LEGO City Undercover devs talk Nintendo’s role on the game, company was “very, very involved”
LEGO City Undercover was a pretty big deal when it first appeared on Wii U close to a decade ago. It was planned as one of the system’s first major games, and was even published by Nintendo.
In a recent episode of the Bits N’ Bricks podcast, lead animator Matt Palmer and LEGO Group producer Darryl Kelley spoke in-depth about LEGO City Undercover’s creation. We also get to hear about Nintendo’s role. According to Kelley, the company was “very, very involved” – including development itself.
Below are Plamer and Kelley’s full words:
Palmer: There was a buzz of excitement around the studio. With that buzz of excitement comes all the challenges of what can this new console do? We know what the new console is supposed to be able to do. How do we change the game to work for that console? Having the dual screen brought its challenges but also brought its fun – and those extra elements that we could add into the story and into the gameplay. It felt like we’d been specifically sought out as actually, that’s a team that we want to work with, which for me is really flattering having grown up with Nintendo consoles.
Kelley: So you know, TT Games was, you know, we were talking about creating this game for years. And the opportunity kind of came forward to the LEGO Group that Nintendo definitely had an interest, potentially making this an exclusive title for their new console, which was in development at that point, and that was the Wii U. So yes, after that consideration of what that meant to be exclusive with Nintendo and to really be treated as a first-party title on their console, it was a great opportunity for the LEGO Group, and something I think that we had to jump at and grasp that opportunity. I think there had been conversations about working with Nintendo, but more maybe on the physical brick side, so potentially having, you know, whether it be a licensed deal or looking at some of the different properties that Nintendo has and actually producing physical LEGO sets, but never to a degree of creating and working really jointly together to create a title, that in this case, again, would be treated as really a first-party title on their platform.
Kelley: They (Nintendo) were very, very involved. So I think everything from, obviously the development side, even right down through the marketing piece and the plans to actually go to market with the title, which was handled by a couple of my colleagues and even some key stakeholders in the U.S. being our primary market for games. But we would meet with them hand-in-hand, work very closely by a gentleman named Tim Bechtel over in Nintendo of America. We would talk about the game development. We would review builds at the same time, provide our feedback and input test, help the QA. So they were very, very involved in terms of not only just the development ensuring it lives up to the quality that we would all expect from both Nintendo and the LEGO Group, and the high standards I think that we all have, but then also the go-to-market strategy, too, was something that was very deeply integrated across the LEGO Group and Nintendo.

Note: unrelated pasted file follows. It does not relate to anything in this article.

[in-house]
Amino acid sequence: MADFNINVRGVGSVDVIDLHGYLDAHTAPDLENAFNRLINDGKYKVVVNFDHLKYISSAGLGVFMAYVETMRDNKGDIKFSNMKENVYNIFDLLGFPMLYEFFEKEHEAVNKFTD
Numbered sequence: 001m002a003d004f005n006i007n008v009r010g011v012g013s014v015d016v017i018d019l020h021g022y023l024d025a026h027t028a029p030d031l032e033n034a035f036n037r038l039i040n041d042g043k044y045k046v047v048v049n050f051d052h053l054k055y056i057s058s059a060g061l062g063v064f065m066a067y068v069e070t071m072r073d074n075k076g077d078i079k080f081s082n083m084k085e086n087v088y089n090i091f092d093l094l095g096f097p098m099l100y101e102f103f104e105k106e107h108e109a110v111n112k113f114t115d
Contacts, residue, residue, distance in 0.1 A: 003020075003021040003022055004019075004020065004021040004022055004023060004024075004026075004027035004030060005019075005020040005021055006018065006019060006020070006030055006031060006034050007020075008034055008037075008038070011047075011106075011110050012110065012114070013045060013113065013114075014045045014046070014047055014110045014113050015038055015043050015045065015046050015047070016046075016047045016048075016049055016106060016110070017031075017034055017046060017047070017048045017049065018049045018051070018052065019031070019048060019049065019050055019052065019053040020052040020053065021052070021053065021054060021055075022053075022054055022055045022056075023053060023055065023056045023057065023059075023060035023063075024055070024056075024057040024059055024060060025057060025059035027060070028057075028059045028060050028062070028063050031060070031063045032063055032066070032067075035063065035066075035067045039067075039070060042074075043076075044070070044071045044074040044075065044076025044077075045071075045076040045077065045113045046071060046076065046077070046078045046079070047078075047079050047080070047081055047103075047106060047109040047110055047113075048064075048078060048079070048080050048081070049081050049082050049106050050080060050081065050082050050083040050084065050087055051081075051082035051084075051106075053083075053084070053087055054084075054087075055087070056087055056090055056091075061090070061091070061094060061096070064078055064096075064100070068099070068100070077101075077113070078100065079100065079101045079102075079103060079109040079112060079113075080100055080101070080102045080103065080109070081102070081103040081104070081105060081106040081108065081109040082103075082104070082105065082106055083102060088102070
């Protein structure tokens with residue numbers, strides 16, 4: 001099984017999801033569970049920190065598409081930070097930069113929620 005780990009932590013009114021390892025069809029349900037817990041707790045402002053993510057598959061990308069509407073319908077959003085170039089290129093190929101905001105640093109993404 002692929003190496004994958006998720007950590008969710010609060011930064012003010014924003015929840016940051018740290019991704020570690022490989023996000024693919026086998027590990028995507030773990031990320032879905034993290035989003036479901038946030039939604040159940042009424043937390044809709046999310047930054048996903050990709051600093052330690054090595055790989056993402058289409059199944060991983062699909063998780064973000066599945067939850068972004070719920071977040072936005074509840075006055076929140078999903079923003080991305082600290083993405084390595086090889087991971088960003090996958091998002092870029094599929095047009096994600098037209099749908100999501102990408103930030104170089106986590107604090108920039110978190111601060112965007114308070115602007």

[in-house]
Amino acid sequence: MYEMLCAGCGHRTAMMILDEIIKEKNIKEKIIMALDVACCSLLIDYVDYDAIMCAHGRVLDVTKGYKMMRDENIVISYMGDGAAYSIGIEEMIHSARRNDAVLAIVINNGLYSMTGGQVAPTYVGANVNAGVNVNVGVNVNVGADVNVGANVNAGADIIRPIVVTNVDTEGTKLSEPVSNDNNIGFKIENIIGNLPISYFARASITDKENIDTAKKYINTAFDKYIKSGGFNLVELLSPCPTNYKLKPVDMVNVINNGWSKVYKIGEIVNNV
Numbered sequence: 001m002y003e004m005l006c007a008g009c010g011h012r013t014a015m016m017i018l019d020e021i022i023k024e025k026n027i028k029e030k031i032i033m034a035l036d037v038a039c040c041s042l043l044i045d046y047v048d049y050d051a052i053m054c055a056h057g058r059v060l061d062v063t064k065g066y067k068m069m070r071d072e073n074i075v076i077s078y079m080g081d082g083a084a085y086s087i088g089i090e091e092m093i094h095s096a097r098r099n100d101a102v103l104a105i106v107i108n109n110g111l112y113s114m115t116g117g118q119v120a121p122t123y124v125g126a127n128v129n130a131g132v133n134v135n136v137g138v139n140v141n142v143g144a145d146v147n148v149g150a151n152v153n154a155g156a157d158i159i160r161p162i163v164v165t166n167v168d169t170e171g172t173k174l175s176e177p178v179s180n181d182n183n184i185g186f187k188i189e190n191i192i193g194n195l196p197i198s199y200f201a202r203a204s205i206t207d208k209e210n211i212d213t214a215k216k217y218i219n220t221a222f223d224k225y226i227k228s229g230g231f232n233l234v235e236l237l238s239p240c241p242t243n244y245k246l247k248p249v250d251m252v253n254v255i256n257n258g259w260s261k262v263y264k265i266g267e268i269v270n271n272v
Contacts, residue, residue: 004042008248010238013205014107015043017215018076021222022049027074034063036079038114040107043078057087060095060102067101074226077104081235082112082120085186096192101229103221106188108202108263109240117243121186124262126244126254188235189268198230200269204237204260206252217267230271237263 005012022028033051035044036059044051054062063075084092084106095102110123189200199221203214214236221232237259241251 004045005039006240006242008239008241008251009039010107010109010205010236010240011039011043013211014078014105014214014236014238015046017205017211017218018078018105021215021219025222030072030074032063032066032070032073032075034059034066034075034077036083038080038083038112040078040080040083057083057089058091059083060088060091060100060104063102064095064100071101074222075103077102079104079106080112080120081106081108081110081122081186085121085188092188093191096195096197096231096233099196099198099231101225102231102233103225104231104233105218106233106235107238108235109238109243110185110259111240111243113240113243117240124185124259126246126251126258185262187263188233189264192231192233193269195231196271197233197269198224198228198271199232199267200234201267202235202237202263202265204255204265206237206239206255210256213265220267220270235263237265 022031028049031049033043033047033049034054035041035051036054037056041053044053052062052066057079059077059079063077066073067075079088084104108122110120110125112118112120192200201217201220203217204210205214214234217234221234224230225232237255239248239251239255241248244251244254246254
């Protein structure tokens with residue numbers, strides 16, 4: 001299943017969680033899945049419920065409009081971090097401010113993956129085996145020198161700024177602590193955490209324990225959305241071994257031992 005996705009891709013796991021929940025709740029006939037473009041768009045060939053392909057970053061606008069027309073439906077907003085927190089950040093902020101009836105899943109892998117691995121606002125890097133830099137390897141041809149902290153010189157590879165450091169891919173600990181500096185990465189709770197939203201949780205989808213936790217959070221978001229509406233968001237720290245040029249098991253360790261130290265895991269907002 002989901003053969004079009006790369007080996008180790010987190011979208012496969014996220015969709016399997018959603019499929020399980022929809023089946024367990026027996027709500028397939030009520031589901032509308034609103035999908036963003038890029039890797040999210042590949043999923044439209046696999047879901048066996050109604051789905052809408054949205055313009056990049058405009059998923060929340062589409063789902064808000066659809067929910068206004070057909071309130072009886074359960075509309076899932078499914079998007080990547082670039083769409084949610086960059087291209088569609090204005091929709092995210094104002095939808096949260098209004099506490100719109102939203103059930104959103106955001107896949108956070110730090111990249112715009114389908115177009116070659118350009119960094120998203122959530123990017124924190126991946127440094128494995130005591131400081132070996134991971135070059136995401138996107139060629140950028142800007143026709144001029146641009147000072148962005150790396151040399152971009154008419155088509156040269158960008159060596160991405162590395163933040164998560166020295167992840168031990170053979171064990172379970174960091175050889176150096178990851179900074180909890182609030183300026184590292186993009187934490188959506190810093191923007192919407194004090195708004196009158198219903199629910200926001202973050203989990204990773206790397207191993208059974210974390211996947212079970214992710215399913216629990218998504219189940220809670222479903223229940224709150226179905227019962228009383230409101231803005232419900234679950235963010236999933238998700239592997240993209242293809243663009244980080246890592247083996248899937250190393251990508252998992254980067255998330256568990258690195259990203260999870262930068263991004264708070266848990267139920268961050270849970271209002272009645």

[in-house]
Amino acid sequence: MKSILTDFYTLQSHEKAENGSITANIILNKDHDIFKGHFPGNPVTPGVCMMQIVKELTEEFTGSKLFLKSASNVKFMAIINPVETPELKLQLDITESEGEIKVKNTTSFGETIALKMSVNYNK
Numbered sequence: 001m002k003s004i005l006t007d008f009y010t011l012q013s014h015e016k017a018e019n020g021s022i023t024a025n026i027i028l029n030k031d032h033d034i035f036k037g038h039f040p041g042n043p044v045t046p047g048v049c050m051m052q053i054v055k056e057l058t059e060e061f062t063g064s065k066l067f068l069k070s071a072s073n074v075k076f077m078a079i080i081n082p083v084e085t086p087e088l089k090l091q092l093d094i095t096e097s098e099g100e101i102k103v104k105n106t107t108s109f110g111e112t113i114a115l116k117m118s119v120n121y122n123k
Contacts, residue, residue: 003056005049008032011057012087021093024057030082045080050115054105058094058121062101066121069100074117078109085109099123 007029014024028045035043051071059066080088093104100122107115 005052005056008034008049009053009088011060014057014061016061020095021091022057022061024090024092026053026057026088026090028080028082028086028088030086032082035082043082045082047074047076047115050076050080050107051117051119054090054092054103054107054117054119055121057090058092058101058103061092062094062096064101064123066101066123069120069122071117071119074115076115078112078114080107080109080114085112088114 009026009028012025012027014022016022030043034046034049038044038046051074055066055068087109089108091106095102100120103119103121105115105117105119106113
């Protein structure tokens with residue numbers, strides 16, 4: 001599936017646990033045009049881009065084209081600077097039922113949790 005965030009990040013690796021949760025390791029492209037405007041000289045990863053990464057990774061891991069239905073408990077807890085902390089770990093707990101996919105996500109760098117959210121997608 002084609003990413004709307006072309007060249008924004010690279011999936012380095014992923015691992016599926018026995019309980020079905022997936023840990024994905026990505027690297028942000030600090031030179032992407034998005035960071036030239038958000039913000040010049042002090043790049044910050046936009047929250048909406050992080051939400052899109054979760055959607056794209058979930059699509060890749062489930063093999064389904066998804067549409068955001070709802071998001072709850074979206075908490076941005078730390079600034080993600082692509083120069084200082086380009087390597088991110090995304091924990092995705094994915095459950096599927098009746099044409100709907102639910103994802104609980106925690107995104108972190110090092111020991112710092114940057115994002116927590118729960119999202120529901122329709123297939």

Kelley: … Again, it was one of the first times that we have found that opportunity to work together. There was always conversations that would take place about getting the LEGO Group and Nintendo to work together somehow. And we always saw that we had the same values: We care about quality, we care about the consumer experience, I mean, all those things really line up. It was just never – we never really had the opportunity to figure out how we could actually work together. What is it that’s going to put us over the edge to finally dip our toes in the water and try something? And this was that real opportunity, and it did open up a great relationship, an ongoing dialogue. There’s definitely been conversations with Nintendo coming to us or wanting to, say, put a certain IP in front that we might consider producing, but it just never – either the timing wasn’t right, or kind of the opportunity wasn’t right at the time, and this was really kind of, again, that jumping off point where we had a great opportunity to work closely together. And yeah, it definitely opened doors for that collaboration.
Kelley also said during the podcast that LEGO City Undercover “was one of the best performing titles” on Wii U, adding that it was something he feels “Nintendo really needed. He feels that the partnership “was a win for both sides to have this title exclusive on their platform.”
LEGO City Undercover eventually made its way to new platforms, including Switch, in 2017. Palmer said he was happy about the game seeing new life on additional systems since the team “knew that there would be a limited audience” and “not everybody will play or buy the Wii U.” That means players “get to experience all that blood, sweat, and tears that we put in and fun that we had.”